Looking Back at State Law Changes in Cannabis in 2019

Cannabis sales are seeing an explosion all over the globe, with global cannabis-based revenue soaring from $3.5 billion to almost $11 billion in the years between 2014 and 2018. The United States stands as the world's most prolific marijuana market in spite of the federal government's standing hostility towards the substance. While recent legislation moving through the House and Senate suggests that this may be changing, for the time being, pot is still registered as a Schedule I drug as of the time of this writing. This classification means that at the federal level, the substance remains illegal.

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The Cannabis Legalization Movement Grows Wild At The State Level

In spite of its official illegal status on the Federal level, cannabis legalization has been growing at the state level. While the majority of these states (33 of the 44) have only legalized it for medical use, 11 states have opened the doors on legal recreational use. This daring move has seen other states following suit, in large part driven by the staggering tax revenue that's being produced by legalized marijuana.

State Law Changes In 2019

With 2019 nearly at an end, it's an excellent time to review what's changed throughout the year. Multiple states have made changes to their laws, significant progress towards nationwide legalization of our favorite plant. Thankfully all of these changes have been to make marijuana more accessible for patients and recreational users alike, depending on the state in question. Below we detail what's changed in state laws regarding cannabis in 2019.

New York

New York started its journey to legalization in 2014 when Governor Cuomo took steps to make marijuana available to medical patients. While the herb itself remained illegal, pills, edibles, vaporization, and oils were all made legal for medical use. This June we saw an important step towards full legalization when a bill that would bring full decriminalization of cannabis in quantities under two ounces passed legislature. While decriminalization is not legalization, the law did contain protections for those carrying marijuana, preventing cops from being able to demand suspects empty their pockets resulting in the cannabis being brought 'into public.'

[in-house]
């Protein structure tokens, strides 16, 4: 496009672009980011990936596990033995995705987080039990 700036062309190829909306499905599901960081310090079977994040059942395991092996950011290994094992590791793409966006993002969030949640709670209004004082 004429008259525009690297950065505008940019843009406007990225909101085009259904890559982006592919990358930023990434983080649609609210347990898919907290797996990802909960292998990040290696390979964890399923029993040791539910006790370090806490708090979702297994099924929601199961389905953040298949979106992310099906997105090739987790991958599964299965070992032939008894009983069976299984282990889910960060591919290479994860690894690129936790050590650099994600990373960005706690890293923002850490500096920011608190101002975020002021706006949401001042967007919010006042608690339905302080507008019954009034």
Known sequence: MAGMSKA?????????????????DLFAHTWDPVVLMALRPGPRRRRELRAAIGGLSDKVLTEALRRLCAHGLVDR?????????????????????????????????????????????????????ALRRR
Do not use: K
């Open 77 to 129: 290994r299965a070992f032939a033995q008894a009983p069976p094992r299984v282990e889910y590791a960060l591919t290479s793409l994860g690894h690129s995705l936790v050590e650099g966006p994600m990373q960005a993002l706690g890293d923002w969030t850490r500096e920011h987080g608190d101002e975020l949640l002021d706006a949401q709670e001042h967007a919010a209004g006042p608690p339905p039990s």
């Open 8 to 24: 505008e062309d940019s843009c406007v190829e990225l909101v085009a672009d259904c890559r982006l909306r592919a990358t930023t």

Illinois saw new regulations passed by the General Assembly in May of 2019 that made recreational marijuana legal effective January 1, 2020. Adults aged 21 or older are permitted to have up to 30g in their possession. On June 25, Governor Pritzker signed legislation legalizing the sale of marijuana to adults, making it the first state to do so using through this process.


Hawaii has also seen decriminalization laws passed in 2019. After stating that he will not veto it, Governor Ige allowed a bill to pass that decriminalized possession of marijuana in amounts less than three grams. The law comes into effect as of January 11, 2020.

North Dakota

Marijuana became decriminalized in North Dakota in May of this year.

New Mexico

Legislature signed to decriminalize marijuana was approved this year.

With fully 10% of the states in the nation making moves to legalize marijuana for recreational use, we have reason to expect great things from 2020. It's been a long road for those of us who know the benefits of marijuana and understand it to be the harmless and even beneficial substance that it is, but our wait seems to be almost over. If you call any of these states home, we congratulate you on being able to enjoy your toke with peace of mind.

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